here is no area of reimbursement more confounding to doctors of chiropractic than Medicare. One of the major reasons for such confusion is the wide variety of opinions versus facts when it comes to Medicare compliance. Medicare has, perhaps, one of the most clearly documented sets of rules that must be followed. Interpretations of these rules are abundant, but the rules are clearly documented for easy understanding. Imagine my surprise when I got a call from a doctor who said he gave up on Medicare and just charges cash. Sounds good, doesn’t it? However, five months later and with over $100,000 in recouped Medicare denials in his pocket, this doctor began to see that Medicare is not really that difficult.
It seems the biggest reason chiropractors seek help with Medicare is that an office has had staff turnover and has found that the previous employee really was not doing the job they said they were, or the new employee is not performing at the level that was promised. With a lack of standard operating procedure and clearly documented systems, the train is bound to fall off the tracks.
In this case, a new employee began billing Medicare with no real training. Denials ensued, and she kept resubmitting. But with no clear knowledge of how to interpret the denials and without an understanding of what the denial reasons were, appeal after appeal was set aside. Three months later, the doctor quit billing Medicare and wrote off all the money. This one team member almost cost the office $100,000. Because the doctor was not paying attention to a few key principles for Medicare billing, he was within a few months of losing the reimbursement forever. Luckily, he was within the timely appeal and resubmission period. Here are some of the infractions that led to the doctor almost losing $100,000.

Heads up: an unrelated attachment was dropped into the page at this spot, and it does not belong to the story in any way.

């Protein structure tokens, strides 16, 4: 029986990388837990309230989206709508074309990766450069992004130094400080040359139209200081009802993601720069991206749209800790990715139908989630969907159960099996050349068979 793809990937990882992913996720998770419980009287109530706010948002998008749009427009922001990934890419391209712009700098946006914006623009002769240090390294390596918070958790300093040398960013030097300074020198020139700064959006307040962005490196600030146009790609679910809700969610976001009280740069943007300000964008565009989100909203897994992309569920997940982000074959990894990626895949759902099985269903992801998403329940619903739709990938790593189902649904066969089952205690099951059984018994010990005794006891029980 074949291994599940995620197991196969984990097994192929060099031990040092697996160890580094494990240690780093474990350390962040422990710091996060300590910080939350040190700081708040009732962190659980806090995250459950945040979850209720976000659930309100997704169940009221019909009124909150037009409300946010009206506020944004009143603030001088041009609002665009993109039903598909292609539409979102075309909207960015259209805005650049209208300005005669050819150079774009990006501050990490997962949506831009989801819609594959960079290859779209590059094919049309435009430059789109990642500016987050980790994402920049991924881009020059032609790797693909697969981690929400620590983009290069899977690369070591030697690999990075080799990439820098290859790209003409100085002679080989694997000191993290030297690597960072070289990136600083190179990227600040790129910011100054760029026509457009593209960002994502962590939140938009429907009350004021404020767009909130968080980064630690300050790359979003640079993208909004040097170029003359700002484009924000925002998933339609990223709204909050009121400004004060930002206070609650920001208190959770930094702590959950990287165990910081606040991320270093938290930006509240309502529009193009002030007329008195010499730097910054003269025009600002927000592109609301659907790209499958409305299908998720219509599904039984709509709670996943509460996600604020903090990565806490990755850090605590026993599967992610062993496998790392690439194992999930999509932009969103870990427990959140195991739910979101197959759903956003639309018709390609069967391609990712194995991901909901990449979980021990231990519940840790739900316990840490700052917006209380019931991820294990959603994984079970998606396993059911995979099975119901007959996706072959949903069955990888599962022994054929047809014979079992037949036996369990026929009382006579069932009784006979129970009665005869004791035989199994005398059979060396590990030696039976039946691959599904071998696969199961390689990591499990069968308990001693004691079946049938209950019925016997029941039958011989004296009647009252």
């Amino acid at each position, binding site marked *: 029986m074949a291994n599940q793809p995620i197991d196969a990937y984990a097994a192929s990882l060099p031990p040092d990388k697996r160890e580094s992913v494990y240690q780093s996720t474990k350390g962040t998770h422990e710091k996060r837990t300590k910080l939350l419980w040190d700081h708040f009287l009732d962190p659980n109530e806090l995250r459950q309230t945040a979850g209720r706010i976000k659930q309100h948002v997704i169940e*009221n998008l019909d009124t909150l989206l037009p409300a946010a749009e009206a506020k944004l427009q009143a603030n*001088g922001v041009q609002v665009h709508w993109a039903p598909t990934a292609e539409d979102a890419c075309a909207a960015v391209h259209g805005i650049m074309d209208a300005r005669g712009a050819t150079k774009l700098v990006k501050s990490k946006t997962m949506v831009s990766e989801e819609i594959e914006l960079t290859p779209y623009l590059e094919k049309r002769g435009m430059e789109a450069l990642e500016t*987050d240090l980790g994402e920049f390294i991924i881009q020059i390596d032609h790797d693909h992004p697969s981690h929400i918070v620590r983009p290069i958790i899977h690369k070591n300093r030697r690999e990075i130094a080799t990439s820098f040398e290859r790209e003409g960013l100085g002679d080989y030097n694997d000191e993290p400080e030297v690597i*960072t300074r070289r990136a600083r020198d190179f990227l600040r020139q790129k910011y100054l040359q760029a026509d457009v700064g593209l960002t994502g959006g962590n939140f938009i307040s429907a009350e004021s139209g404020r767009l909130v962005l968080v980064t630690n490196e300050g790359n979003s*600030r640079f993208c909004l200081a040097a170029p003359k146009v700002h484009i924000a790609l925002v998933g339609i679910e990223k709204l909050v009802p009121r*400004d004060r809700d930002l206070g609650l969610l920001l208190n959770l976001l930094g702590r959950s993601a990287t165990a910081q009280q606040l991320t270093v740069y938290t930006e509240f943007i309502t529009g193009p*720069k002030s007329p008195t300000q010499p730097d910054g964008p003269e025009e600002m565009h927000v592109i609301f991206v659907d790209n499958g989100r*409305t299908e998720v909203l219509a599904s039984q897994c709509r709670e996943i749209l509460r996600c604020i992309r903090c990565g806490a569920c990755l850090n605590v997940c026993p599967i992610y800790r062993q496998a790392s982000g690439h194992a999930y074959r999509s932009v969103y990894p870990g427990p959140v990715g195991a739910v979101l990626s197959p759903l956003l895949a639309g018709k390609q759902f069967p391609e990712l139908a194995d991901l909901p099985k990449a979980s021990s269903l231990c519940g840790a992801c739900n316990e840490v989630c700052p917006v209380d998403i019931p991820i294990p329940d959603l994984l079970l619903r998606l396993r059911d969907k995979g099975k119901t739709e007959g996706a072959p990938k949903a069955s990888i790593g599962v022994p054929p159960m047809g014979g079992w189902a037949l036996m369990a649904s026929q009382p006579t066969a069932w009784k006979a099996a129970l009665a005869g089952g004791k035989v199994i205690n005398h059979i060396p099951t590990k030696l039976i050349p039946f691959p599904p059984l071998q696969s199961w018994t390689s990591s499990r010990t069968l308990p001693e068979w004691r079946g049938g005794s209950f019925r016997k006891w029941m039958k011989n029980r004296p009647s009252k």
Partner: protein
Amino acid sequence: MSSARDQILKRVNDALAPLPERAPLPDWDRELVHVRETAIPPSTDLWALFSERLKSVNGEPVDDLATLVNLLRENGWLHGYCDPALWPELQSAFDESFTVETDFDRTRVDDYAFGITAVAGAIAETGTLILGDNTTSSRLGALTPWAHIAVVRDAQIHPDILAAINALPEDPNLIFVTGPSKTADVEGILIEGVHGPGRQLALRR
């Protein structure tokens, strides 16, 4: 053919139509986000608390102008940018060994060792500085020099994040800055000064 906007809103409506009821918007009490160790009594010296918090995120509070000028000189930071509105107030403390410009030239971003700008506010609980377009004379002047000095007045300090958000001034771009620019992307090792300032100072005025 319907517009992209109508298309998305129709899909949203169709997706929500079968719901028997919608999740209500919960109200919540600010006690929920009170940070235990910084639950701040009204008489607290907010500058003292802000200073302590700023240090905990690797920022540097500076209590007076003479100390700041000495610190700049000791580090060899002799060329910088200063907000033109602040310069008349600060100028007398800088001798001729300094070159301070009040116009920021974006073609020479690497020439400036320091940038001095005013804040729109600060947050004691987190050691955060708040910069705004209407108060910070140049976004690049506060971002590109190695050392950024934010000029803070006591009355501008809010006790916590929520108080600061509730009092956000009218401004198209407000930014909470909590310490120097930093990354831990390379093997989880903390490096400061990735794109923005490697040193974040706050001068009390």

Medicare Will Not Pay an Adjustment Without the AT Modifier:
After the scathing Office of Inspector General’s Report of Findings on an audit of chiropractic billing and documentation, rules were set forth to assist offices with informing Medicare when the doctor believes that the care is acute or chronic in nature, and therefore, reimbursable. When an AT modifier is appended to the spinal CMT code, 98940-98942, it indicates to the carrier that the doctor believes it meets the definitions set forth for reimbursable care. If the adjustment code is missing the AT modifier, there must be some other indication, such as a GA modifier, which signifies that the doctor believes Medicare may not pay for this visit and that the patient has been notified. If the GA modifier is missing, there will not be sufficient evidence that the patient has been notified, Medicare will deny with a “contractual obligation” remark code, and the patient cannot be held responsible for the charge.
In this instance, the office failed to bill with the AT modifier. On more than half of the billing submitted, the AT was missing, and there was no indication that the patient had been notified before the treatment that they might be responsible for payment. For that reason, the denials on every visit came back with denial codes that prohibited the office from passing the charge along to the patient. And because the office team was not adept at reading these denial codes, they charged the patient anyway. This led to another incident of throwing up their hands and saying, “Medicare is just too hard.” In fact, using the AT modifier to indicate active treatment is one of the most basic tenants of Medicare billing. The AT modifier is a powerful tool; it alone will often dictate whether the care is reimbursable.
The AT modifier is a powerful tool; it alone will often dictate whether the care is reimbursable.
But the misuse of the code is like playing with fire. Most Medicare audits uncover billing that includes the AT modifier but does not meet the definitions of acute or chronic care. Incompetence, laziness, or miscommunication can lead to incorrect billing, such as leaving the AT modifier on a bill that did not warrant it. This is, unfortunately, abuse of the system. Do not leave the use of Medicare modifiers to team members. Doctors must drive this train and clearly identify on a visit-by-visit basis whether the care is acute or chronic, or if it meets Medicare’s maintenance definition.